She did it again.
It was the end of a really great morning and both girls had a great time. When we stopped at the corner to say goodbye Ada pushed Sarah. This happened 3 weeks ago and I lamented to my friends about it - mostly about the fact that I was really angry with her and that actually scared me. This time, I was shocked, yes, but also really wanted to hang my head with my face buried in my hands. My mind was stuck on "Oh for fuck's sake" but I said something like, "No! No pushing! Why did you push her?" then scooped Sarah up and handed her to Kathi. I closed my eyes at Tom, shook my head from side to side ,muttered an apology and scurried to the car with Ada.
On the way, she sweetly pointed out, "Sarah's crying. Mom, Sarah's crying."
I took a deep breath before I spoke to Ada. Words can carry an unspeakable weight and I didn't want to screw this up. But I think I might have. I told her, "Yes, Sarah is crying. Sarah is crying because you pushed her down. That hurt Sarah, that hurt Sarah's feelings. Sarah is crying because of something you did. Ada made Sarah cry."
I don't know if Ada understood this all because she was still telling me that Sarah was crying. I told her how if she pushes other little kids that they won't want to play with her. By the time we got to the car I was really on a roll and I speculated that I didn't know if she could play with Sarah again. That it would be a miracle if her mother allowed her to play with Sarah and I could hardly blame her.
She must have understood this part of it because this was when she started crying. She was very quiet in the car. When we got home I told her to go to her father. He put her down for a nap.
I spent the rest of the day thinking about it - about what happened, about my response to it. I was disappointed in her behavior, yes. My child isn't an ogre or a bully. In fact, she's typically very sweet, considerate, affectionate and lovely.
However, when she needs her personal space she doesn't really know what to do about that. I keep telling her to say, "no thank you" when another kid is trying to hug her or something. It doesn't always work though. It wasn't until later that I recognized that this is where I've failed her: rather than giving her a second step I just gave her step one and left her on her own to figure out the rest, which she did. Instead of stepping away or turning around or asking again or saying "I need space, please", which are all options I should have given her, she pushes the other child away. I didn't give her the tools she needed.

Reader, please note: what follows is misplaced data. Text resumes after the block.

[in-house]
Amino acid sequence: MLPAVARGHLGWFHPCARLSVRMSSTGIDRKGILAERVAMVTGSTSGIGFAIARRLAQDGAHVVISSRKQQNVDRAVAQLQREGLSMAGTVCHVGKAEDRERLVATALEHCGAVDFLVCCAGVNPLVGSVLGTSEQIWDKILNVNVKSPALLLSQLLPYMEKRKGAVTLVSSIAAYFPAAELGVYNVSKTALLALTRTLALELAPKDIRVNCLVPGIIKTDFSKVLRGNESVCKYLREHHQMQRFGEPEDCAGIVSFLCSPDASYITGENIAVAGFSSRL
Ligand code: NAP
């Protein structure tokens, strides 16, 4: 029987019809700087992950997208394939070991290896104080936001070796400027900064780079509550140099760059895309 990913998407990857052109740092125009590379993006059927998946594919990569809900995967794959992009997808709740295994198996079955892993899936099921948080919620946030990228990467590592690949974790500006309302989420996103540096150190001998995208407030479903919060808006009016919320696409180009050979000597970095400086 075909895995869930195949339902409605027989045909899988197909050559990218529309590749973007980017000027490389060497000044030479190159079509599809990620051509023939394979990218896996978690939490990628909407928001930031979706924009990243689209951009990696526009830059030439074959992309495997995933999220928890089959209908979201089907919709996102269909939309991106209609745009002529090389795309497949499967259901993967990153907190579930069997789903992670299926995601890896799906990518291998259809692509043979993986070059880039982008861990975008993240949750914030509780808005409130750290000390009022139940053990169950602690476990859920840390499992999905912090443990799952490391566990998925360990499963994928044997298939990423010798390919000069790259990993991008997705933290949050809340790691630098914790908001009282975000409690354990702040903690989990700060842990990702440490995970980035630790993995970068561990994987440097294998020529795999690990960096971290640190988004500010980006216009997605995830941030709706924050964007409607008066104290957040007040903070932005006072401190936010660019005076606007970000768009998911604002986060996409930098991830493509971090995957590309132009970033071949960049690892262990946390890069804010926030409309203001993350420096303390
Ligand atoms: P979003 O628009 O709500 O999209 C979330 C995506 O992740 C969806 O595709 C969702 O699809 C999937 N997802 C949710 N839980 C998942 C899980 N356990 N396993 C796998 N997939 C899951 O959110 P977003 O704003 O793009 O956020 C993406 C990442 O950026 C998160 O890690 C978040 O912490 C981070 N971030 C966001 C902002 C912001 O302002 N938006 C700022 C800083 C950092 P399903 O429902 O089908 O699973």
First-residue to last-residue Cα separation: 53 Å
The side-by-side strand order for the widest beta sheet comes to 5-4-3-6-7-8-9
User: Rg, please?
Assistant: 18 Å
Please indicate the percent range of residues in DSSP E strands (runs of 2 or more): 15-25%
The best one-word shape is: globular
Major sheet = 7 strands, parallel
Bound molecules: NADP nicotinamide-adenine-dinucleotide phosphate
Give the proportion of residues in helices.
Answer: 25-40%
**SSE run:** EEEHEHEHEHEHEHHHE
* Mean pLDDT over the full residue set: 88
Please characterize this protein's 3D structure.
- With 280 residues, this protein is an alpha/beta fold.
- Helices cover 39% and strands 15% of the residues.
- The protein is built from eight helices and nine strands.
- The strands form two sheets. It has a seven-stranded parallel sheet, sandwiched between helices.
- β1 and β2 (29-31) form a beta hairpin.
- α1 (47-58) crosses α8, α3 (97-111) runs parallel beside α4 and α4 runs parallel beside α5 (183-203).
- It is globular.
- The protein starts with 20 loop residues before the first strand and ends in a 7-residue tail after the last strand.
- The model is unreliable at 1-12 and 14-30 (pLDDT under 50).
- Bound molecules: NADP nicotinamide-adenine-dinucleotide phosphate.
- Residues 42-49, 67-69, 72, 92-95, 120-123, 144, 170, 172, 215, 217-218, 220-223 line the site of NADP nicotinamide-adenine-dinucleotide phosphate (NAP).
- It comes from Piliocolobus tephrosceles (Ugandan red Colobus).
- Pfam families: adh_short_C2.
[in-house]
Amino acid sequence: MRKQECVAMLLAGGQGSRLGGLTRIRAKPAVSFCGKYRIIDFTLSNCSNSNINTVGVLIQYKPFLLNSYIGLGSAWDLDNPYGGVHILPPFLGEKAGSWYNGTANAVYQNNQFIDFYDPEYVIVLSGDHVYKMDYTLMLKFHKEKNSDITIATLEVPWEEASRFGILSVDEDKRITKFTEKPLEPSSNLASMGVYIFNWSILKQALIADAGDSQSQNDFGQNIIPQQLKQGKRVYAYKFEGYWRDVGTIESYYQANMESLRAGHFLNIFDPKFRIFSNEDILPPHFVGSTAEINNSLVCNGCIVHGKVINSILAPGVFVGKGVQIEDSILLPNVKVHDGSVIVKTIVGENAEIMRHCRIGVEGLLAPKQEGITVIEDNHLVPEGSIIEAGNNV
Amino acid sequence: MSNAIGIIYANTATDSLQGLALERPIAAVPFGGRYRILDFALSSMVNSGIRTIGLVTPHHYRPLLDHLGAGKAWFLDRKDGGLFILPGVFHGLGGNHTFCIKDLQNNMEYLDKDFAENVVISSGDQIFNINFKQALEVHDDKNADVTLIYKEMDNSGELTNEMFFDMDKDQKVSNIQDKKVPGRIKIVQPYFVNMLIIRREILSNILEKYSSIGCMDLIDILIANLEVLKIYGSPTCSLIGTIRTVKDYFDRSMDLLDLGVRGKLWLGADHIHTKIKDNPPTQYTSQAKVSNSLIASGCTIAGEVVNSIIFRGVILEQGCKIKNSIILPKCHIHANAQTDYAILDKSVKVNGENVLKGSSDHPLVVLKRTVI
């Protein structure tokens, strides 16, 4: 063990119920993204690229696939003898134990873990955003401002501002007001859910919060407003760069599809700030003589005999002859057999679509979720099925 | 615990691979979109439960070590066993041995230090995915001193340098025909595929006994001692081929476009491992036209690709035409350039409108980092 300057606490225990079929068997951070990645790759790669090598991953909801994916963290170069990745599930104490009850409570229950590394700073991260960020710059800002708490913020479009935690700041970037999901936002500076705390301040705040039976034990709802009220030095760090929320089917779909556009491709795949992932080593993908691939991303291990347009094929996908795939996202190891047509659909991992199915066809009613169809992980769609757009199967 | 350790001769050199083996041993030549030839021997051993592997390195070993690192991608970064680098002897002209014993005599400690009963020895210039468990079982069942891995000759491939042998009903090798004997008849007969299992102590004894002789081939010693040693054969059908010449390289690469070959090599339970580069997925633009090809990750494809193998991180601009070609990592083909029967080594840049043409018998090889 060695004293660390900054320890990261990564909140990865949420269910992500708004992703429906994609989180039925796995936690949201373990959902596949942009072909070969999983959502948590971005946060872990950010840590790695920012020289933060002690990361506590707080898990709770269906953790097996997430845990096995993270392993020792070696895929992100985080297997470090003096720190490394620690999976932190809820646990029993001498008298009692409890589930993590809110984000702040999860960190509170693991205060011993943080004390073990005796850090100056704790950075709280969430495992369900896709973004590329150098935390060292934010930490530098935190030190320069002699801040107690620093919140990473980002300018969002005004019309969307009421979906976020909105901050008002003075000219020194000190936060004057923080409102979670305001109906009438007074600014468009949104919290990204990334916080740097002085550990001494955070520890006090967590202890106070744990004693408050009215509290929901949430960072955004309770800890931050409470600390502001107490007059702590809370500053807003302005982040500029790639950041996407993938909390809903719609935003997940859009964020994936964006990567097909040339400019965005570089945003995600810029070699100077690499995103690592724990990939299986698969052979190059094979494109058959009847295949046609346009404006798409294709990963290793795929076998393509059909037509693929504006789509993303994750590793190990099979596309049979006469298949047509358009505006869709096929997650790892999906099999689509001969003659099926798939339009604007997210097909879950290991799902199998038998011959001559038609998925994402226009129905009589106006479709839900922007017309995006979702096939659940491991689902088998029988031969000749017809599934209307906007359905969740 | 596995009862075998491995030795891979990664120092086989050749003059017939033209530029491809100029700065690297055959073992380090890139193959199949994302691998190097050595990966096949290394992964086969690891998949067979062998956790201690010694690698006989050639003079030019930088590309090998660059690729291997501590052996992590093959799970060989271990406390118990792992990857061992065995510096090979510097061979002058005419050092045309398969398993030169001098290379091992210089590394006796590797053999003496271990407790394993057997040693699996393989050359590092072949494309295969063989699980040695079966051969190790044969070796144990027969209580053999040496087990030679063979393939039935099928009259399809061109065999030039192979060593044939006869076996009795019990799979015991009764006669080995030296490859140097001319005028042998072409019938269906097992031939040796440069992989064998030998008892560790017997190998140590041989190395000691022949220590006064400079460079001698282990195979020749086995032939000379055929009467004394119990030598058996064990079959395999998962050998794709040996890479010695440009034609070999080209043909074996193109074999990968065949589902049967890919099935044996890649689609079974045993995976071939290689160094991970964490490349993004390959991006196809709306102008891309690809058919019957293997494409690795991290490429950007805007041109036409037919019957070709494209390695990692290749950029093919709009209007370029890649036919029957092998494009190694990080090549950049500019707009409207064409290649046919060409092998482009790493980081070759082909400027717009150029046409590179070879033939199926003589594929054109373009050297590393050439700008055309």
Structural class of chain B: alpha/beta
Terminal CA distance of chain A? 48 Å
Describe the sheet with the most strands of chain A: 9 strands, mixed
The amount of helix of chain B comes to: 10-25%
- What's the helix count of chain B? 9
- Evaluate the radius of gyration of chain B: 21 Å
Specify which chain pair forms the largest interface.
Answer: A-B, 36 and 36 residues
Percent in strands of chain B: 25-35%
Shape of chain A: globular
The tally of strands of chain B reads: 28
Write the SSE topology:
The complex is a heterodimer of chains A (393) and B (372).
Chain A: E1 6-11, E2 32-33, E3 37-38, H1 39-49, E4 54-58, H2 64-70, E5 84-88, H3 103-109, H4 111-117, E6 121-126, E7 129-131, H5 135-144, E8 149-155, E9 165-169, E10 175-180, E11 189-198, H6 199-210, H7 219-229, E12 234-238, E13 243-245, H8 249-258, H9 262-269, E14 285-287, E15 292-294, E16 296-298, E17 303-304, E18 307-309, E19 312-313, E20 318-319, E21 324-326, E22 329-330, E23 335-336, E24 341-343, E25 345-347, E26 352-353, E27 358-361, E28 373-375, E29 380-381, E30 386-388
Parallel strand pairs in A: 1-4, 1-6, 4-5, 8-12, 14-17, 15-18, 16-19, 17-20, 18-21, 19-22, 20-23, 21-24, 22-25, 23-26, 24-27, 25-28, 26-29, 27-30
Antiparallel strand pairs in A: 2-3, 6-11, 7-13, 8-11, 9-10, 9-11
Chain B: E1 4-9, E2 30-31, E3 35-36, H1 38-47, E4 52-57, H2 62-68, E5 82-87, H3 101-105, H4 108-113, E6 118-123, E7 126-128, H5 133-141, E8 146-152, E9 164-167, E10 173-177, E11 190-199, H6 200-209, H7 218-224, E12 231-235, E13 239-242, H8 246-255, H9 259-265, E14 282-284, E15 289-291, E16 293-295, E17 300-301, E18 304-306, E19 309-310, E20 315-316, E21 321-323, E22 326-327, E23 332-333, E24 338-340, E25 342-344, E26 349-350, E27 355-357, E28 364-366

I failed her in this way and I'm miserable about it.
Then there's my response. This is something I think about ALL THE TIME. Words can carry more sting than a spanking - they can be so powerful and make a lasting impression. I don't want to use guilt or manipulation to make her behave. I believe that there is a much better, gentler, more compassionate way to raise children. Finding role models for this has been...harder than I had hoped. I'm figuring it out as I go, often making my own rules and mistakes.
Take the day in question, for example. I might have said too much or been too severe in my delivery in the car on the way home. I saved what I really had to say to her for when we were alone, which made me think that I was about to say something I might be ashamed of. I consciously tried to not speak impulsively. I tried not to but what if I didn't exercise enough restraint?
I gave her the cold shoulder once we got home. That wasn't good. I reasoned that it was better to not say anything than to say things that were really hurtful and damaging. Does this qualify as with holding love? I hope not. Even when she has behaved badly I love her even if I am upset with her.
Knowing unconditional love is one of the cornerstones of being the parent I WANT to be.
Then there's the part where I have to be honest: I was upset by how her behavior might reflect on me. I was embarrassed. I didn't want anyone to think I was a bad mother or that my kid was a bad seed. I felt so ashamed of her behavior and wondered if my response to it was "right" enough. The only thing worse than kid A being mean to kid B is the parent of kid A doing nothing about it. I wondered if Ada would be allowed to play with Sarah again. I worried that this meant I was a bad mother, a bad role model. The fear from 3 weeks ago struck me again - one day, will I be so angry that I can't forgive her quickly enough and it creates a distance between us?
Have I already begun to fail?
Things happen with toddlers, especially when they're just learning how to control their impulses. We all get that on some level, or at least I think we do. Don't we? Maybe I'm over-thinking it but I feel like the door has been cracked open juuuust enough to let me see more of the issues that await us as she grows up. I don't want to be unprepared, to have not thought ahead and anticipated problems, because doing so also lets me plan my reaction a bit better. Somehow I expected that at my age I'd have a better idea of how to handle all of this. How disappointing to learn that I don't have the answers.
I have so much to learn.